Project Details


Pollinators are critical for plant reproduction and the maintenance of healthy natural and managed ecosystems. Solutions to the ongoing pollinator population decline around the globe requires the development of research that involves cross-countries collaborations among interdisciplinary groups of scientists. This IRES project will engage five U.S. undergraduate students from underrepresented groups in STEM to spend eight weeks in Colombia or Peru conducting research on how abiotic stressors impact plant-pollinator interactions. Students will utilize interdisciplinary approaches in ecology, physiology, climate science, and ecohydrology to develop projects that will facilitate the acquisition of new and useful information about timely research topics on pollinators in a changing world. This program specifically pursues a training partnership involving mentors and students from Colombia, Peru, and US universities, while field work will take place in hyperdiverse tropical countries where plant-pollinator interactions remain understudied. Students will address biological research questions about pollinator responses to air pollutants, temperature gradients, crop drought, and flooding while using cutting-edge technological approaches to address the research questions. Teams of biology and engineering students will be grouped by their topics of interest. Students will participate in professional development activities to prepare them for careers involving convergent research. Research outputs of this program will have direct implications for the conservation of biological diversity and the livelihoods of people in Latin American where many crops rely on insect pollinators that are poorly studied. Last, this IRES research experience will significantly contribute to the training of the next generation of interdisciplinary scientists who will lead solutions to global problems such as those currently experienced by declining populations of insect pollinators.

This ten-week undergraduate research program offers students a unique opportunity to investigate how different abiotic factors and their interactions impact plant-pollinator interactions in tropical areas. Students in the program, with guidance from faculty advisers from U.S., Colombian, and Peruvian universities, will undertake an interdisciplinary scientific exploration, generating and testing hypotheses, analyzing data, and communicating research findings, including scientific and policy-relevant implications, to other scientists and the public.

Students will use emerging technologies and advanced data analysis and visualization methods to investigate the ecological responses of plants and pollinators in mountainous regions of Colombia and Peru, areas that are undergoing accelerated environmental changes related to atmospheric warming. Each project will be led by a pair of biology and engineering students who will work together with mentors on multidisciplinary approaches to develop research activities, for example, tracking bee foraging using mini-transponders and linking it to impacts of ozone concentration on bee physiology and behavior. The multidisciplinary nature of projects will push the frontiers of knowledge and methodological approaches to this topic. Specifically, students will investigate the in situ movement patterns of foraging pollinators, effects of drought and flood stress on plant-pollinator interactions, and the latitudinal variation of pollinator thermal tolerance. Students will communicate their results via oral and written reports, building their communication skills and disseminating research findings to scientific and non-scientific audiences. Students can also communicate research results in videos or podcasts for television broadcast and social media in both English and Spanish.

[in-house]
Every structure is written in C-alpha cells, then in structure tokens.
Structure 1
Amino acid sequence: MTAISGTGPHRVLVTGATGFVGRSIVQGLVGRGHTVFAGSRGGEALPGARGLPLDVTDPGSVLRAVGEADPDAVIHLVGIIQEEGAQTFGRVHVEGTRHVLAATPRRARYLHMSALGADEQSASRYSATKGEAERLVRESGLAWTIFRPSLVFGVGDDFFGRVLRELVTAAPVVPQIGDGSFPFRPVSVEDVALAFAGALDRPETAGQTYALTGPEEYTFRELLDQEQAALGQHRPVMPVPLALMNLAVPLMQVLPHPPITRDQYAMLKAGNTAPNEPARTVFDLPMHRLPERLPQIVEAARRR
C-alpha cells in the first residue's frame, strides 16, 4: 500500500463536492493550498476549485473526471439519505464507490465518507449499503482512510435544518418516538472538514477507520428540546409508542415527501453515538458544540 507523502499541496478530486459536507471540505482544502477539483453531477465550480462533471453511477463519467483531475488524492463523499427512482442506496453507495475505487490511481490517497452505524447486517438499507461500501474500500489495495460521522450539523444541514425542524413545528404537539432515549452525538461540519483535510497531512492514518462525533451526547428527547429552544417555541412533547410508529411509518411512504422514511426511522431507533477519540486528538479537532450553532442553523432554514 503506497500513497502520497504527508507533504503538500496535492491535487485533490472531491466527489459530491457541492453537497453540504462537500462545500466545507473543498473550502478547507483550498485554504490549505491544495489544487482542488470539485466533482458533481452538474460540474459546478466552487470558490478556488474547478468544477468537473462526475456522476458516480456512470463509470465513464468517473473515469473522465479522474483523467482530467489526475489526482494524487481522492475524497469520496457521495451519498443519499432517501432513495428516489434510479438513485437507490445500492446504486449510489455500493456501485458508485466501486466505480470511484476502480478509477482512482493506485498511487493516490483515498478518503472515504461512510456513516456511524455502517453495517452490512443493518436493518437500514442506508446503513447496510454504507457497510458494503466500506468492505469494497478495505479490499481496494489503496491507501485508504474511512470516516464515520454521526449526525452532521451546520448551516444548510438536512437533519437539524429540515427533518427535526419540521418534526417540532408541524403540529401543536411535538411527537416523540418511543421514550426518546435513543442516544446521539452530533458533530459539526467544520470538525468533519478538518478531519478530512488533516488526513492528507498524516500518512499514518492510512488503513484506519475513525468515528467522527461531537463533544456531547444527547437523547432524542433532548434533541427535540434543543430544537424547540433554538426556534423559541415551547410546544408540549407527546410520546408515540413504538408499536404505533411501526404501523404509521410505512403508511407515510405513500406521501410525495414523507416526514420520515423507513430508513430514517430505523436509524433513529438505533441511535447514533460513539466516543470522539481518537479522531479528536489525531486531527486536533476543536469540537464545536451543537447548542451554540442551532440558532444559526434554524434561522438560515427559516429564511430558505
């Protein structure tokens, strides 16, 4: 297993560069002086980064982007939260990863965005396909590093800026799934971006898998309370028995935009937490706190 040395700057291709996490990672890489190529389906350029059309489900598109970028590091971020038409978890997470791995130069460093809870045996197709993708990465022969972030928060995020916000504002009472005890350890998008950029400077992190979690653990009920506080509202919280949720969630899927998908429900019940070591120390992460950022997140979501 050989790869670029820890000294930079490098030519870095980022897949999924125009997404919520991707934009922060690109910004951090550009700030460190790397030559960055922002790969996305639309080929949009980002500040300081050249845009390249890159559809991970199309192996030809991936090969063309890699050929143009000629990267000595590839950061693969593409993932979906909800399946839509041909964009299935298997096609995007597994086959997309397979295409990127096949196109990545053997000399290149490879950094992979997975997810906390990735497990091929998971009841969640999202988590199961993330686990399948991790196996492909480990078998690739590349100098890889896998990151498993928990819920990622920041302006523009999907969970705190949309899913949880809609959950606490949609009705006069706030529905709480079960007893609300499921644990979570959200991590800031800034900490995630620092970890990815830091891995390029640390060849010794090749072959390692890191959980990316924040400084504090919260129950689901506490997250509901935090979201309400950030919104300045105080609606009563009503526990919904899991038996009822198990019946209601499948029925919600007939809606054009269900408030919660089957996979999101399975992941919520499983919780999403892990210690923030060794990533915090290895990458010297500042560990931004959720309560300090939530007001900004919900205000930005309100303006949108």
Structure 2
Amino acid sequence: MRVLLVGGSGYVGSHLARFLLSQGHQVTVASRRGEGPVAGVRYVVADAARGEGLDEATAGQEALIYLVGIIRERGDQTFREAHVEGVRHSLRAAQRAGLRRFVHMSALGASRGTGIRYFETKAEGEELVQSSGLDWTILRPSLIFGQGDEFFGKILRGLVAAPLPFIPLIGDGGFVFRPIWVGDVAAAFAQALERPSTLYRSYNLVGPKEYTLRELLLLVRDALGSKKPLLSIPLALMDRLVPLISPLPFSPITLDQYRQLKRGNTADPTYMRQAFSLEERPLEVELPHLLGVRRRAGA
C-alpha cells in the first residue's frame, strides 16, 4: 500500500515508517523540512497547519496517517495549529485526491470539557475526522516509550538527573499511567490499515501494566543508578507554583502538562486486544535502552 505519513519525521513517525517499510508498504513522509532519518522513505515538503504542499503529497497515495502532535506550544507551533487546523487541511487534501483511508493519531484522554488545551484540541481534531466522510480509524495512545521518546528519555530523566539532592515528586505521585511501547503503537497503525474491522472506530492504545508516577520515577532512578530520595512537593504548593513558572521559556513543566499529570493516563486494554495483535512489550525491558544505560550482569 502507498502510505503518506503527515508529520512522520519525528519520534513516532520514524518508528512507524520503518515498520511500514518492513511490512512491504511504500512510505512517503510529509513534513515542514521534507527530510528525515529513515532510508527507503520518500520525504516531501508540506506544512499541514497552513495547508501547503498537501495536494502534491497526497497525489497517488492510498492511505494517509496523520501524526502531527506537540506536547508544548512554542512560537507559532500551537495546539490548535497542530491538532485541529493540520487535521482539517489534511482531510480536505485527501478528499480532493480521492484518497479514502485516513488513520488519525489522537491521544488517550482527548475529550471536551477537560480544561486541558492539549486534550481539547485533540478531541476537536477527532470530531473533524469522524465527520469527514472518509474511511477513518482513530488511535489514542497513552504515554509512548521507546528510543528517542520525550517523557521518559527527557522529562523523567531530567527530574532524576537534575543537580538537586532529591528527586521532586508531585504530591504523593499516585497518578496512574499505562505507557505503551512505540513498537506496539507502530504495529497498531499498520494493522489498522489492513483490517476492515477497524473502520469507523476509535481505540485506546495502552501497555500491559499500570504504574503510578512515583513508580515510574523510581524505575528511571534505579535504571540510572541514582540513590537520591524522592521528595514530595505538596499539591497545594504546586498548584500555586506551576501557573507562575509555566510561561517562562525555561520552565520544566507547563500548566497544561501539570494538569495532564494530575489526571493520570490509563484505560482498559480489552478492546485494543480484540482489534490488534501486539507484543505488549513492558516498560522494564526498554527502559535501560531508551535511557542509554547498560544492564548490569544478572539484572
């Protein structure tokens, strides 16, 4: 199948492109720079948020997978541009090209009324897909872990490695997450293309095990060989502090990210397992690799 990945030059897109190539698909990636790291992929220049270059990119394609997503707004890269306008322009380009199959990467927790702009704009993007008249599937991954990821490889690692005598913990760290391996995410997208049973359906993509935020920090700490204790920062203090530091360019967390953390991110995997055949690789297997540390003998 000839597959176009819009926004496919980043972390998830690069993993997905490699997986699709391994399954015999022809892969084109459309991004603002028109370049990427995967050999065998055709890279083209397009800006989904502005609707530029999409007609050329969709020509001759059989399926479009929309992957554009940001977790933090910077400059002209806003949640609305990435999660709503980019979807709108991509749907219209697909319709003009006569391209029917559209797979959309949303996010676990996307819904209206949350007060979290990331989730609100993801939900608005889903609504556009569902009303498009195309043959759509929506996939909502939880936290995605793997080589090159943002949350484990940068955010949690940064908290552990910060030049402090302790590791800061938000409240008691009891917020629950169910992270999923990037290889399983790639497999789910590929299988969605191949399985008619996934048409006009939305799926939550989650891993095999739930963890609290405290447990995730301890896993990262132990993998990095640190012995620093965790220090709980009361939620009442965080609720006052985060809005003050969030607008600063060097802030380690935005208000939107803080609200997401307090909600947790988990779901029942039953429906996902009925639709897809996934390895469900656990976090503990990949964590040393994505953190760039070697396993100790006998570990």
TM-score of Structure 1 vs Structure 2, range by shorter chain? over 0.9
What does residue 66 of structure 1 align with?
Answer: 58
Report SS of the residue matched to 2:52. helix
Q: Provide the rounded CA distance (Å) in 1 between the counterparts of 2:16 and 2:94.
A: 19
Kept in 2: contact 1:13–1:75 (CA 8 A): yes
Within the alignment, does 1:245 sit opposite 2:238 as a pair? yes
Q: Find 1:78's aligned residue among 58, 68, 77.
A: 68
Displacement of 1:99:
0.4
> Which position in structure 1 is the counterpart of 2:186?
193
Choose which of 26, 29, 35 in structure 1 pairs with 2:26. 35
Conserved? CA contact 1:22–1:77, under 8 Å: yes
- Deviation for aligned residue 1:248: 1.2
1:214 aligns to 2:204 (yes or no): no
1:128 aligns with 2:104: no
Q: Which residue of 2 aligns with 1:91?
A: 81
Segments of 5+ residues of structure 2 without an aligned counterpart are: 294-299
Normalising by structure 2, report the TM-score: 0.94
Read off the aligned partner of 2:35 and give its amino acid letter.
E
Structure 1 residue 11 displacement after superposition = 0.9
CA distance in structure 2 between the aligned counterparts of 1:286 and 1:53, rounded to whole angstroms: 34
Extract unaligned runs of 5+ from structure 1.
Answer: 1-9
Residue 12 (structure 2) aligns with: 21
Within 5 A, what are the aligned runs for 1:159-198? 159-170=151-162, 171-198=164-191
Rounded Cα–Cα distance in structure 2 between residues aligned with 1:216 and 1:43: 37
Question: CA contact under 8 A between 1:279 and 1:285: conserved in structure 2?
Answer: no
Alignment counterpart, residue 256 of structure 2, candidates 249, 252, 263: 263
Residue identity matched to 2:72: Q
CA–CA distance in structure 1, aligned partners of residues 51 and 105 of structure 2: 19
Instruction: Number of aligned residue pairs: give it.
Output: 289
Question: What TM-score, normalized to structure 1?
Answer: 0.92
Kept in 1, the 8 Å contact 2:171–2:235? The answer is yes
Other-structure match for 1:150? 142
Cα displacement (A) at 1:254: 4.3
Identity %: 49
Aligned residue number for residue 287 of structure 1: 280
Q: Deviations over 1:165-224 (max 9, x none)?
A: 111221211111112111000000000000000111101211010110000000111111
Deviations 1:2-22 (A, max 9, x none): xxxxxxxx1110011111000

This program will recruit US students from universities and colleges where research opportunities for undergraduates are limited, exposing them to career opportunities in ecology, entomology, plant science, electrical and environmental engineering, ecohydrology, and climate science. We will emphasize recruitment of females and other groups that are underrepresented in science, technology, engineering, and mathematics (STEM) fields. Students in this program will be working in Latin American, where local students have different cultural backgrounds and levels of opportunities to engage in research. Noteworthy elements of this program include (1) multidisciplinary research approaches combining expertise in life and physical sciences and engineering, (2) training in the development and use of audiovisuals to broaden communication of research results, and (3) the partnering of students and mentors from underrepresented groups in STEM.

This award reflects NSF's statutory mission and has been deemed worthy of support through evaluation using the Foundation's intellectual merit and broader impacts review criteria.

Effective start/end date9/1/208/31/23


  • National Science Foundation: $300,000.00


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